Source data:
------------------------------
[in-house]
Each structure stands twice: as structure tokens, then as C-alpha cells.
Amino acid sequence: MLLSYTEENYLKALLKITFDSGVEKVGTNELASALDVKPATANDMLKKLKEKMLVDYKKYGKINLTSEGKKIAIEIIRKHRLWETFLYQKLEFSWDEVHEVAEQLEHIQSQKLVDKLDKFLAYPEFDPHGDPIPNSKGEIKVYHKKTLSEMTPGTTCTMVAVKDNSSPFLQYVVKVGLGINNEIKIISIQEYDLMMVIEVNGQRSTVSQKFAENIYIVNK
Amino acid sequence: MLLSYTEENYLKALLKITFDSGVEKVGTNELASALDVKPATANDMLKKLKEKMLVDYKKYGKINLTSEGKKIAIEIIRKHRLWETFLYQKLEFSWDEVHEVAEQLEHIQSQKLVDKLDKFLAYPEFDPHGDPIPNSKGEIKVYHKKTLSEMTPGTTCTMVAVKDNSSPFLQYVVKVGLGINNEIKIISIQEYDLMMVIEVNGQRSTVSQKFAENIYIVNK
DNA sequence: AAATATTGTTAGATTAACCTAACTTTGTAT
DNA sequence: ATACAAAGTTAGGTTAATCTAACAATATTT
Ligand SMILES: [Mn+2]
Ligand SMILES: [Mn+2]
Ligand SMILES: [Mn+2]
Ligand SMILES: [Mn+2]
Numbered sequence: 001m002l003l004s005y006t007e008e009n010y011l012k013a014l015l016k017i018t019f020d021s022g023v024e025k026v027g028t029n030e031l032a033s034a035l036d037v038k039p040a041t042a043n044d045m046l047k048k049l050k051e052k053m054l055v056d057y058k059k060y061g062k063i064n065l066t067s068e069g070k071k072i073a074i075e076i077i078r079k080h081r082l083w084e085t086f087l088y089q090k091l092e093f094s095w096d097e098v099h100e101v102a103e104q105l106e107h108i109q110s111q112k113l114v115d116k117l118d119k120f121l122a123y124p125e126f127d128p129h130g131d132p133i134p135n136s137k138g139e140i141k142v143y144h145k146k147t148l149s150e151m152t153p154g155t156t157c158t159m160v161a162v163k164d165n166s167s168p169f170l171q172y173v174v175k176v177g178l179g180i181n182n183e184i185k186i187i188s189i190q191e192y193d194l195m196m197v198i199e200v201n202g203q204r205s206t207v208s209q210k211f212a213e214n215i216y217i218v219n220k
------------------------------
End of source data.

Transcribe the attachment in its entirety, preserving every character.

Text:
[in-house]
Each structure stands twice: as structure tokens, then as C-alpha cells.
Amino acid sequence: MLLSYTEENYLKALLKITFDSGVEKVGTNELASALDVKPATANDMLKKLKEKMLVDYKKYGKINLTSEGKKIAIEIIRKHRLWETFLYQKLEFSWDEVHEVAEQLEHIQSQKLVDKLDKFLAYPEFDPHGDPIPNSKGEIKVYHKKTLSEMTPGTTCTMVAVKDNSSPFLQYVVKVGLGINNEIKIISIQEYDLMMVIEVNGQRSTVSQKFAENIYIVNK
Amino acid sequence: MLLSYTEENYLKALLKITFDSGVEKVGTNELASALDVKPATANDMLKKLKEKMLVDYKKYGKINLTSEGKKIAIEIIRKHRLWETFLYQKLEFSWDEVHEVAEQLEHIQSQKLVDKLDKFLAYPEFDPHGDPIPNSKGEIKVYHKKTLSEMTPGTTCTMVAVKDNSSPFLQYVVKVGLGINNEIKIISIQEYDLMMVIEVNGQRSTVSQKFAENIYIVNK
DNA sequence: AAATATTGTTAGATTAACCTAACTTTGTAT
DNA sequence: ATACAAAGTTAGGTTAATCTAACAATATTT
Ligand SMILES: [Mn+2]
Ligand SMILES: [Mn+2]
Ligand SMILES: [Mn+2]
Ligand SMILES: [Mn+2]
Numbered sequence: 001m002l003l004s005y006t007e008e009n010y011l012k013a014l015l016k017i018t019f020d021s022g023v024e025k026v027g028t029n030e031l032a033s034a035l036d037v038k039p040a041t042a043n044d045m046l047k048k049l050k051e052k053m054l055v056d057y058k059k060y061g062k063i064n065l066t067s068e069g070k071k072i073a074i075e076i077i078r079k080h081r082l083w084e085t086f087l088y089q090k091l092e093f094s095w096d097e098v099h100e101v102a103e104q105l106e107h108i109q110s111q112k113l114v115d116k117l118d119k120f121l122a123y124p125e126f127d128p129h130g131d132p133i134p135n136s137k138g139e140i141k142v143y144h145k146k147t148l149s150e151m152t153p154g155t156t157c158t159m160v161a162v163k164d165n166s167s168p169f170l171q172y173v174v175k176v177g178l179g180i181n182n183e184i185k186i187i188s189i190q191e192y193d194l195m196m197v198i199e200v201n202g203q204r205s206t207v208s209q210k211f212a213e214n215i216y217i218v219n220k